|Eurasian Oystercatcher (Haematopus ostralegus)|
Oystercatchers form large flocks during the winter and this first photo at Musselburgh shows part of such a flock. Musselburgh normally has over 2,000 birds during the winter. While a large number of birds are resident breeders in Britain, their numbers are swollen during the winter with migrants from Iceland and Norway.
|The Eurasian Oystercatcher is the only Oystercatcher which has a winter plumage. Its most noticeable feature is a white chinstrap which is visible in the flying bird in the second photo.
Oystercatchers feed on bivalves, worms and insect larvae but rarely, if ever, on fish.
|The bill structure of the Oystercatcher differs by sex with the male having a blunter, shorter and more robust bill than the female. Studies in England showed that the main prey of the male tends to be mussels while females prefer smaller cockles. Techniques can also differ between hammering a shell open or prising it open. The hammerers tend to have blunter tips to their bills and adult birds transmit their foraging techniques to their young.|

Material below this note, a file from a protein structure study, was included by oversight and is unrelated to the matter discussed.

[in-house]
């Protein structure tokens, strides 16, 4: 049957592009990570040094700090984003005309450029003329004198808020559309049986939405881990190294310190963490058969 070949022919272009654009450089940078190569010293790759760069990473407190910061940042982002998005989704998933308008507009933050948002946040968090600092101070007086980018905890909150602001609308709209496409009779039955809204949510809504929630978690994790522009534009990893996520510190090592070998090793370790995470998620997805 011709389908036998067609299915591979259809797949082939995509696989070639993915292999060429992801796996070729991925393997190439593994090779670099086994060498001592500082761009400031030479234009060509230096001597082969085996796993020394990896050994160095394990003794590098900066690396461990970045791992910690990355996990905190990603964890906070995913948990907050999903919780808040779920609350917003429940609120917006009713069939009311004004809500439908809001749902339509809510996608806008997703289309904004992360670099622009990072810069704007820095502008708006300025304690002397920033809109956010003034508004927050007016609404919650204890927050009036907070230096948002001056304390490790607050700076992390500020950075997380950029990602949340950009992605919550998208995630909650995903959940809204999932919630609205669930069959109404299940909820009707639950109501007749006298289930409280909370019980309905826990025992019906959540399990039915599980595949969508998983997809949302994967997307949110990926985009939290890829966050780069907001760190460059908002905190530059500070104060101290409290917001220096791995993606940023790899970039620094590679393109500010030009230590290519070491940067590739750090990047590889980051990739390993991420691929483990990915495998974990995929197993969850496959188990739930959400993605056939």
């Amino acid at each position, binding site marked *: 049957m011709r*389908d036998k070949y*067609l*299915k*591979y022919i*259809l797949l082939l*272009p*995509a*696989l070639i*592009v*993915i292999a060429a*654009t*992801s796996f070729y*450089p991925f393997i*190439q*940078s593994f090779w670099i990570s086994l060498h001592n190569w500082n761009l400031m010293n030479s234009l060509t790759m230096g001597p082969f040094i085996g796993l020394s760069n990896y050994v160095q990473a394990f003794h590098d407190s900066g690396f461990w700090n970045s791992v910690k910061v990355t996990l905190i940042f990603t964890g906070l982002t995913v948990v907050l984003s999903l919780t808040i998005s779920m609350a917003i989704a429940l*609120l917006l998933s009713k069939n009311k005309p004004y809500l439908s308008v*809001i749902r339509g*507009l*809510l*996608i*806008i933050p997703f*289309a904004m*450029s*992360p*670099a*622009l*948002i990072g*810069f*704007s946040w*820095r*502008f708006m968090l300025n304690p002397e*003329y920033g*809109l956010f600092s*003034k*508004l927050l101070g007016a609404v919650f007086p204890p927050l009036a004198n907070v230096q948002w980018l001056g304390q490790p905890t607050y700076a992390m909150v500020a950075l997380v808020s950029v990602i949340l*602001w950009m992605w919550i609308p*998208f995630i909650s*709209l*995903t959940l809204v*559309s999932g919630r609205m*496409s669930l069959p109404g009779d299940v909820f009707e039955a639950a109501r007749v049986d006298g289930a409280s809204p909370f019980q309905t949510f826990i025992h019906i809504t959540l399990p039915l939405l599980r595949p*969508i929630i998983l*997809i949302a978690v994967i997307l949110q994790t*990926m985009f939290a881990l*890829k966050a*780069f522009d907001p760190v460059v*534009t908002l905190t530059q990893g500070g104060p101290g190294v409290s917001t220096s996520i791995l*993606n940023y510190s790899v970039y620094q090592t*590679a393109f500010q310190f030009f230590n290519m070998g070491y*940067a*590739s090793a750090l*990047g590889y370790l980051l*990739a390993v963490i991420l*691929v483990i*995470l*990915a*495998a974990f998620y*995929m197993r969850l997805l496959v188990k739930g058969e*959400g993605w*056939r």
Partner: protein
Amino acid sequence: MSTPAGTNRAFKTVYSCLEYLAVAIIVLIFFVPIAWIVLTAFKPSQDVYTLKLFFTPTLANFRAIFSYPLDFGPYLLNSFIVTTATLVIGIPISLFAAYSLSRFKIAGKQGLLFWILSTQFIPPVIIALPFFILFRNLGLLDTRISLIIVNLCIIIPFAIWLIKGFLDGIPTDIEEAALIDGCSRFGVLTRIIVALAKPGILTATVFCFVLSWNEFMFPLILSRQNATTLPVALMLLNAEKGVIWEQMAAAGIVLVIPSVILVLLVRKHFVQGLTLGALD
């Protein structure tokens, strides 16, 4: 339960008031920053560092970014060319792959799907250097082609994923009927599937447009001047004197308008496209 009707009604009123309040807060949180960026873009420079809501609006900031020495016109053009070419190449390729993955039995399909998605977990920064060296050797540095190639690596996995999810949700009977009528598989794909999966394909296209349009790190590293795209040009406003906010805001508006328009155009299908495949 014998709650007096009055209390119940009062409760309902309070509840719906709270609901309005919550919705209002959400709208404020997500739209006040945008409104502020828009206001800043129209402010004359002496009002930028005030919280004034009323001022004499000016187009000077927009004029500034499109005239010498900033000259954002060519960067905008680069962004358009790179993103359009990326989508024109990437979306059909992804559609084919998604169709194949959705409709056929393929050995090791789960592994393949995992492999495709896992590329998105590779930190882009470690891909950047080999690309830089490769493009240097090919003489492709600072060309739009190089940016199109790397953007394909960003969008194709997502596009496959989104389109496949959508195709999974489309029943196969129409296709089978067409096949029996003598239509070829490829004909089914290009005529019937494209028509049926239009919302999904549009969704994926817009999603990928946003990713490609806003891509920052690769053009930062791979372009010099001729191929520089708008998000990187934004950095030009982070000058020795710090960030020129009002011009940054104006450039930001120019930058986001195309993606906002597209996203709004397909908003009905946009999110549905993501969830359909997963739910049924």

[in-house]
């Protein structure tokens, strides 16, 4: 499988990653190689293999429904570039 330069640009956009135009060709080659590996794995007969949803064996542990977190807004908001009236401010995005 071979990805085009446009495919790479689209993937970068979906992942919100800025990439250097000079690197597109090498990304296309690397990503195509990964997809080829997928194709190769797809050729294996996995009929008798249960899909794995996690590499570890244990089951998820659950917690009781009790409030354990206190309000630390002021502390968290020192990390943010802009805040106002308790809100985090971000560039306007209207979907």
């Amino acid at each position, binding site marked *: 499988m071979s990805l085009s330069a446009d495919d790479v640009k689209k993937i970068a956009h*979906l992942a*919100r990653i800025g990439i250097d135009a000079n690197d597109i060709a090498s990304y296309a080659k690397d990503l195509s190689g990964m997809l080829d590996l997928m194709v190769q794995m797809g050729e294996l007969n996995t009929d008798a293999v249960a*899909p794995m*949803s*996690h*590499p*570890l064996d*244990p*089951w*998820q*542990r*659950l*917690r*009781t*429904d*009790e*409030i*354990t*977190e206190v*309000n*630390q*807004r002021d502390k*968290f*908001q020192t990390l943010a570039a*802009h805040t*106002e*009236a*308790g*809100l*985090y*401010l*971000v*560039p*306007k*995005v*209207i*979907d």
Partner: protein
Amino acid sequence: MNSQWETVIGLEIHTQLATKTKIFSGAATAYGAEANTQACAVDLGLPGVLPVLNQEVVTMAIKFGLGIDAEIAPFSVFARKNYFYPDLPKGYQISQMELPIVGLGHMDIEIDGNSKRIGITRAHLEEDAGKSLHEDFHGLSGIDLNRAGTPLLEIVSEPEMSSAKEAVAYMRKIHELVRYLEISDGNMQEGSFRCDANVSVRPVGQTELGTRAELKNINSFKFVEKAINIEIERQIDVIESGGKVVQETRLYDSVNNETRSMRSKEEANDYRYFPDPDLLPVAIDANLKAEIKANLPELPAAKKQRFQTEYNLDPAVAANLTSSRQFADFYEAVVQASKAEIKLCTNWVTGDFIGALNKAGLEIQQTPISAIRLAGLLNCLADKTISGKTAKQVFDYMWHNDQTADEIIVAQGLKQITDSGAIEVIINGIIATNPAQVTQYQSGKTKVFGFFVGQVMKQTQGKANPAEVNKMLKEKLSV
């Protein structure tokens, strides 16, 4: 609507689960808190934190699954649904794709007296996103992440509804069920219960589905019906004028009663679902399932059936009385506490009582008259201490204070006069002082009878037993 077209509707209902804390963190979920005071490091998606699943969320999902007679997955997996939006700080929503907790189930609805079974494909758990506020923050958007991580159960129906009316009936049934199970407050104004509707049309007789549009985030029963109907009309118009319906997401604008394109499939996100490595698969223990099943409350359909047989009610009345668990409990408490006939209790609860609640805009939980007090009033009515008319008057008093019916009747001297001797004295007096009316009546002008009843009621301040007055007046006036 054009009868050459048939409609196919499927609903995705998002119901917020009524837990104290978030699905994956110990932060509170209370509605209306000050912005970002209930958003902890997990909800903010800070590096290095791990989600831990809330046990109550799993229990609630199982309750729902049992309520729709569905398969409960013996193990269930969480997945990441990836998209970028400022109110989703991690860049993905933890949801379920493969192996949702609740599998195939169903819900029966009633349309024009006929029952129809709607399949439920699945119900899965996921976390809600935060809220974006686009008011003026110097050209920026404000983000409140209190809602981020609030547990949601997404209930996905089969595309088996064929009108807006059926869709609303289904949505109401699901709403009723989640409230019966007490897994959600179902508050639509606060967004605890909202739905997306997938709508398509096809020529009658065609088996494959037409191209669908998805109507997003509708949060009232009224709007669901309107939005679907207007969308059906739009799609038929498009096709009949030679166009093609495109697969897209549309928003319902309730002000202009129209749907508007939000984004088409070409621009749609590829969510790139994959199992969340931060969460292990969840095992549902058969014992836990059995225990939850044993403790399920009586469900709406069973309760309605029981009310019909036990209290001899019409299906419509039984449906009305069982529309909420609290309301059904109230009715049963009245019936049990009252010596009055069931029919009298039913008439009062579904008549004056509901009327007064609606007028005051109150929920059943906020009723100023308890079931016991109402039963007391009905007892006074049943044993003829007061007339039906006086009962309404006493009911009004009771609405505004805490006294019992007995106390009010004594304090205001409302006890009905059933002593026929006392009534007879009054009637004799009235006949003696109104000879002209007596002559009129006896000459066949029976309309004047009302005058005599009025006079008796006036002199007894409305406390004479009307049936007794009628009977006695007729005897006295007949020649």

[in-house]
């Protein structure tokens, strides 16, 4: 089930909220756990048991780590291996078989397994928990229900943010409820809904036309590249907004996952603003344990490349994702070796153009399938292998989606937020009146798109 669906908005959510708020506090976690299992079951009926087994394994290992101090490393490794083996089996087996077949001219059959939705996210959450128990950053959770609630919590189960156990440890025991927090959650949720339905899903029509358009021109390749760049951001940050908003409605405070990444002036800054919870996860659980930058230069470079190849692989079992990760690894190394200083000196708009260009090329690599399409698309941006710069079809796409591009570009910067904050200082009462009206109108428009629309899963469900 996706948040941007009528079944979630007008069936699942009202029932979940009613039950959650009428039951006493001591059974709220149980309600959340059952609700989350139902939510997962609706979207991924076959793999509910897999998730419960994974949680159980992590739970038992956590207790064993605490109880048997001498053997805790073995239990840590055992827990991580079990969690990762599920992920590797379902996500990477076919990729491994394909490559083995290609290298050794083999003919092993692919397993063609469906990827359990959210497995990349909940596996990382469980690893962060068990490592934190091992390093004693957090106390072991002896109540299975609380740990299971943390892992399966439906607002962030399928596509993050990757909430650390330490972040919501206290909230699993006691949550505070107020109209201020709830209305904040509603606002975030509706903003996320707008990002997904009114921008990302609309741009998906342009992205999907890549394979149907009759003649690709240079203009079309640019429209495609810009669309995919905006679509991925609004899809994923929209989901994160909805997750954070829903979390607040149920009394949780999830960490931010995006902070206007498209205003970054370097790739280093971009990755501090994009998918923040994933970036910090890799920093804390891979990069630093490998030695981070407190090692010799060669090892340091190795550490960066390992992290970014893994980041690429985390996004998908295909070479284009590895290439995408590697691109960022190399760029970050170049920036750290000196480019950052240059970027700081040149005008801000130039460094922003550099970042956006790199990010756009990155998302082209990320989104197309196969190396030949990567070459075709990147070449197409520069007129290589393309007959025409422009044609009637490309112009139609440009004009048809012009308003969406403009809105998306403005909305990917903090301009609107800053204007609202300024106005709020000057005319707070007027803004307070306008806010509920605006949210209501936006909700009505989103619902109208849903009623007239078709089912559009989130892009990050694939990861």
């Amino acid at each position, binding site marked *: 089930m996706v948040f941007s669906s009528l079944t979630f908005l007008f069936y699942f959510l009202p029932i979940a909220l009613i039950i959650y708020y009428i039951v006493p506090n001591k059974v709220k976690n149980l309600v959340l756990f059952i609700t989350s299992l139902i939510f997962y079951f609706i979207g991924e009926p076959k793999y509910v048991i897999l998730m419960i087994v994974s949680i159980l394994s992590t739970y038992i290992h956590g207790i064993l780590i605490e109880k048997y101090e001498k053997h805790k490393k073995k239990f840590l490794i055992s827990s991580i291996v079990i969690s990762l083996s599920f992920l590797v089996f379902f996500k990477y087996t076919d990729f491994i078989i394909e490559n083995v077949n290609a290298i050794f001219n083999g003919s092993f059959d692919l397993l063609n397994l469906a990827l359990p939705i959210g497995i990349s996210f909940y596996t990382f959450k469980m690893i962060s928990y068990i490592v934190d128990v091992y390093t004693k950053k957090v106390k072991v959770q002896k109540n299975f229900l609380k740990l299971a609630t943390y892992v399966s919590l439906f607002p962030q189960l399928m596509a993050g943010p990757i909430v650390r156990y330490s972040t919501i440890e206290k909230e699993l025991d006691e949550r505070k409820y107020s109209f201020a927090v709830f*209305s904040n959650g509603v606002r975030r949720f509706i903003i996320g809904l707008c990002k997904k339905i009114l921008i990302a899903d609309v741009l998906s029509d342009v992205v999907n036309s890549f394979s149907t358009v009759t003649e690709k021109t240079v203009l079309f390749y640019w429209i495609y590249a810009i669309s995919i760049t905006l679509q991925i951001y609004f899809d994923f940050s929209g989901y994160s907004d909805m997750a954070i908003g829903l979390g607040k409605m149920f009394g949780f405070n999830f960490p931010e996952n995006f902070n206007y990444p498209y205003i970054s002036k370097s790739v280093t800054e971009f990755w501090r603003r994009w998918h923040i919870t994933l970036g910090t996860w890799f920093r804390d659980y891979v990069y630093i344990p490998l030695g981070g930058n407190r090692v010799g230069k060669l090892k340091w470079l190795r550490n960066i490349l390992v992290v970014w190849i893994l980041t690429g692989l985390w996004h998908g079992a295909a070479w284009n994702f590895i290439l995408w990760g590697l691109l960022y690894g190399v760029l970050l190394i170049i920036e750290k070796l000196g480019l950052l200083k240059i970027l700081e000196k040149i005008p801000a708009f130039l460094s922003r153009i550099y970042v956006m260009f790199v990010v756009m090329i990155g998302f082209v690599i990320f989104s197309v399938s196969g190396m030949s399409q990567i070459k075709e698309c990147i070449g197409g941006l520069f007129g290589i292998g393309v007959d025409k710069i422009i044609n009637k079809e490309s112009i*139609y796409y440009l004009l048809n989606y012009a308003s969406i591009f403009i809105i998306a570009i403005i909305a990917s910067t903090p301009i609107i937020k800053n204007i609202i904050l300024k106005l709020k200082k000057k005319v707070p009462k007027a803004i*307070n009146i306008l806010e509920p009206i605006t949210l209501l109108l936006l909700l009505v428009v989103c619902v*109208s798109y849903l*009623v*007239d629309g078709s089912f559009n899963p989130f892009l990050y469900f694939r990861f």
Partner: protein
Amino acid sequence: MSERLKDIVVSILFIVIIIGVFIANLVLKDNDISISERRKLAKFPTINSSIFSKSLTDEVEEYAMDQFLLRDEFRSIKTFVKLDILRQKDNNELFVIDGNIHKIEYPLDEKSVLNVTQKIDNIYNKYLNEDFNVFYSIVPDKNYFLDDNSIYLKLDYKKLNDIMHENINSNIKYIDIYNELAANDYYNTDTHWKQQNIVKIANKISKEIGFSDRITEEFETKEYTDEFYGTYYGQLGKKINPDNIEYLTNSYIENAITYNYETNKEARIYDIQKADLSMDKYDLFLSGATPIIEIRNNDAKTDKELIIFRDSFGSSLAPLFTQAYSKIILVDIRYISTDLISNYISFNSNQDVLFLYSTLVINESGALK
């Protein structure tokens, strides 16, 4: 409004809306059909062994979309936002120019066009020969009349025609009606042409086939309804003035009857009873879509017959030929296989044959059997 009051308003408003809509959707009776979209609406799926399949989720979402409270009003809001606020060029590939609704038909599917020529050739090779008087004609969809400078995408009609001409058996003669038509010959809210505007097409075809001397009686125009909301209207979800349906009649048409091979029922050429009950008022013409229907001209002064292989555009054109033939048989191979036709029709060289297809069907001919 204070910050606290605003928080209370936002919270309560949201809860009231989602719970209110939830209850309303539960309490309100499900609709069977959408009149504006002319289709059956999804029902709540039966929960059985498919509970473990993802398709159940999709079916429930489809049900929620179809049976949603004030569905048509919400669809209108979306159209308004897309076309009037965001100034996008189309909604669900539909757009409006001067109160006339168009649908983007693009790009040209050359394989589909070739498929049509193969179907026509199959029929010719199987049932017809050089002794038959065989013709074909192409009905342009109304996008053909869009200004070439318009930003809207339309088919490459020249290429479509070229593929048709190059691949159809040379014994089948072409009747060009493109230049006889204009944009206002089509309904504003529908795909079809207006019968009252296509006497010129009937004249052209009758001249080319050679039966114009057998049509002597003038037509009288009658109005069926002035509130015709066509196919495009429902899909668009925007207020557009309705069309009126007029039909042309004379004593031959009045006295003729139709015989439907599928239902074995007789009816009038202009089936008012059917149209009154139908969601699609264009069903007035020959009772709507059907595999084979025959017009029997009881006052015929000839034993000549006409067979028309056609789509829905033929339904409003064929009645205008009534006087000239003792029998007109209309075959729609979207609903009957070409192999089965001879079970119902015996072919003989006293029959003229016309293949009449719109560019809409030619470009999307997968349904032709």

|The 4th photo shows a juvenile carrying a cockle in its bill. The juvenile's plumage is browny-black, the white wing-bars are less well-defined and the tip of the bill is dark as can be seen in the 5th photo.|
The nest is a shallow scrape normally in open vegetation. The three eggs seen in the 6th photo is the typical clutch.
|There are illustrations in HBW, Volume 3, Page 313, 315, 318 and 321.|